Correlation versus Interchangeability: The Limited Robustness of Empirical Findings on Democracy using Highly Correlated Datasets

Abstract: This article shows that highly correlated measures can produce different
results. We identify a democratization model from the literature and test it
in over 120 countries from 1951-1992. Then, we check whether the
results are robust regarding measures of democracy, time periods, and
levels of development. The findings show that measures do matter: while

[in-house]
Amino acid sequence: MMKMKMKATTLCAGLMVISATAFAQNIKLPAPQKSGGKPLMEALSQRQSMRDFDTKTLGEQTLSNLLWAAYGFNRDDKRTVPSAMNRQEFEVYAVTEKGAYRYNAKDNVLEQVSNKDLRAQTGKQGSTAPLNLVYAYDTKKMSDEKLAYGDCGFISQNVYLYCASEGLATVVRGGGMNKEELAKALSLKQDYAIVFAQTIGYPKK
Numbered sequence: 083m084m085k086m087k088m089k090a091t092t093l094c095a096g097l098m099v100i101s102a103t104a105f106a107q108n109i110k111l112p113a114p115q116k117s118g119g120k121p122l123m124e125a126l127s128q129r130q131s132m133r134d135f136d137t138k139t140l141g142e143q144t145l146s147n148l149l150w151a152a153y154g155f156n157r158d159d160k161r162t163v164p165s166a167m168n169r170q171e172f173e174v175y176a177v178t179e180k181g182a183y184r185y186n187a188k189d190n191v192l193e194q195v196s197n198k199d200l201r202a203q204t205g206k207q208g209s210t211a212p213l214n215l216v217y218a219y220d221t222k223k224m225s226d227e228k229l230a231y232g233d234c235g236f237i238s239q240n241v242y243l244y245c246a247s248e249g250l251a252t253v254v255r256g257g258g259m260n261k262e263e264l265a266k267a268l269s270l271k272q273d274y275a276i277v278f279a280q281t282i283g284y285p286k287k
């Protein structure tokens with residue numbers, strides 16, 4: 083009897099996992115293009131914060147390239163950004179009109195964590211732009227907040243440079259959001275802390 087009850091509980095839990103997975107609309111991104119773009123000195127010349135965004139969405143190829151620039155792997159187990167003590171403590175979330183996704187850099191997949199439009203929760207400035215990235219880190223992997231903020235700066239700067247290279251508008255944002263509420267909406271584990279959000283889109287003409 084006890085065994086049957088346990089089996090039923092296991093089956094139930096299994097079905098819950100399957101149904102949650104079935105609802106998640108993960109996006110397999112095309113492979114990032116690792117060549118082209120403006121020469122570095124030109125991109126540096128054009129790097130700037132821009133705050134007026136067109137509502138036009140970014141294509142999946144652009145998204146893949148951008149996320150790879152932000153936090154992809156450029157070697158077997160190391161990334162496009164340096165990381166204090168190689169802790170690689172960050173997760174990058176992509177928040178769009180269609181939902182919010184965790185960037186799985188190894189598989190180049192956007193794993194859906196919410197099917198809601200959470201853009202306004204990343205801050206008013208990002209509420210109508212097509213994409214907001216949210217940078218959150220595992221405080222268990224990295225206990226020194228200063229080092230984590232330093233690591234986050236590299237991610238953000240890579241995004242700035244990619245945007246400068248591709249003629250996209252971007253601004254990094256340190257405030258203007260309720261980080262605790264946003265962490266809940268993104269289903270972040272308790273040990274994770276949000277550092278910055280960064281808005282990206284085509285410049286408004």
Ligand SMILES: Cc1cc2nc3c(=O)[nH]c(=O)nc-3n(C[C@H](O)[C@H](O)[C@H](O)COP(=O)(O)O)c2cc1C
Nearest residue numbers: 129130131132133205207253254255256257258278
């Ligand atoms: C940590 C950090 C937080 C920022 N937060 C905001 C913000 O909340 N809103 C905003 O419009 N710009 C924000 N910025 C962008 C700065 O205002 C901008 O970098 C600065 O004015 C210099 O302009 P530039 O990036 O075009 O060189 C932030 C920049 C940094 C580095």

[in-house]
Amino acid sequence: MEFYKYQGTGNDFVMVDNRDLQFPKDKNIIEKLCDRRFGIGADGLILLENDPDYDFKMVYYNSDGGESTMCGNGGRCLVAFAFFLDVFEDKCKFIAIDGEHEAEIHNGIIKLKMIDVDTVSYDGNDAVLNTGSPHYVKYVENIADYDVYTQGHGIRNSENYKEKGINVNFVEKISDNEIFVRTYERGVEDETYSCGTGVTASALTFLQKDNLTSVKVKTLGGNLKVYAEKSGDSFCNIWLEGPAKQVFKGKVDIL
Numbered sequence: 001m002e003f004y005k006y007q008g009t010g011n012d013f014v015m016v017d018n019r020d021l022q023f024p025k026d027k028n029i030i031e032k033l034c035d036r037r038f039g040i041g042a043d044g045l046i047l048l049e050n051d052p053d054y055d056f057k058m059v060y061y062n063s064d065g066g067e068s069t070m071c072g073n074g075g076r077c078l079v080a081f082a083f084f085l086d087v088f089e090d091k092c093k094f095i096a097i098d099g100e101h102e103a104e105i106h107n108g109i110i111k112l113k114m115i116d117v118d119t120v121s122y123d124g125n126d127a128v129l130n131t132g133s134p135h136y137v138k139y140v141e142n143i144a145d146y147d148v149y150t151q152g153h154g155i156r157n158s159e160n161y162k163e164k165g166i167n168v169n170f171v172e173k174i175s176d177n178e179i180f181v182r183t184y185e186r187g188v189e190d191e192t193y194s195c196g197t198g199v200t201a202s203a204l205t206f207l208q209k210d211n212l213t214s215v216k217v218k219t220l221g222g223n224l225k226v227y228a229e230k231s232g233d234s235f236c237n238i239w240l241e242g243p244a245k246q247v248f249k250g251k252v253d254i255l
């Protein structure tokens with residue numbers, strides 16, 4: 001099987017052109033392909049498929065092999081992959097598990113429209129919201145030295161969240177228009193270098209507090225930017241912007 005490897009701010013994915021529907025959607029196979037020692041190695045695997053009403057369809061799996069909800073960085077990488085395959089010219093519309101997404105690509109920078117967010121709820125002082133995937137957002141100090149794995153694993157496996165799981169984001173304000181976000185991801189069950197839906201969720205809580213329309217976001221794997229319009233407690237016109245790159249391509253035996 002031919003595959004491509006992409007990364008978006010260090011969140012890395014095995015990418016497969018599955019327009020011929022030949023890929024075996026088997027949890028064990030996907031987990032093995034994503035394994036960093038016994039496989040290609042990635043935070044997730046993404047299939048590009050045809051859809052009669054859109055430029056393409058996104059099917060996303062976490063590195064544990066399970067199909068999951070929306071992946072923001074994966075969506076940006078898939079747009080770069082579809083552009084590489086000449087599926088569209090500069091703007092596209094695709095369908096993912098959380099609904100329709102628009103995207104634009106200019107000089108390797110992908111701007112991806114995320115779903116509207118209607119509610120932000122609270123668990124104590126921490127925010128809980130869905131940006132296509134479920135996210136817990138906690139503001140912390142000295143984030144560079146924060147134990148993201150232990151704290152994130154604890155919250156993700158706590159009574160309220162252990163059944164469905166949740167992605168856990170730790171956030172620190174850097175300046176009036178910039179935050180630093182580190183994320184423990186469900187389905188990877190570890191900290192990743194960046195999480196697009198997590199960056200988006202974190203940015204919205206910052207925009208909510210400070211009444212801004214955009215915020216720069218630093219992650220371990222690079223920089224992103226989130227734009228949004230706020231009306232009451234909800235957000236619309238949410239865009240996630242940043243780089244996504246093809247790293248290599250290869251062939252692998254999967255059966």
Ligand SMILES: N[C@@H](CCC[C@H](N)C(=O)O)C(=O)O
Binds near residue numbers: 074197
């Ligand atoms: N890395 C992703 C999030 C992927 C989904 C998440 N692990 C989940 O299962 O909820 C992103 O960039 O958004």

some of the findings are robust, most of them are not. This explains, in
part, why the debates on democracy have continued rather than been
resolved. More importantly, it underscores the need for more careful use
of measures and further testing to increase confidence in the findings.
Scholars in comparative politics increasingly are drawn to large-N
statistical analyses, often using datasets collected by others. As in any
field, we show how they must be careful in choosing the most appropriate
measures for their study, without assuming that any correlated measure
will do.

Correlation versus Interchangeability: The Limited Robustness of Empirical Findings on Democracy using Highly Correlated Datasets

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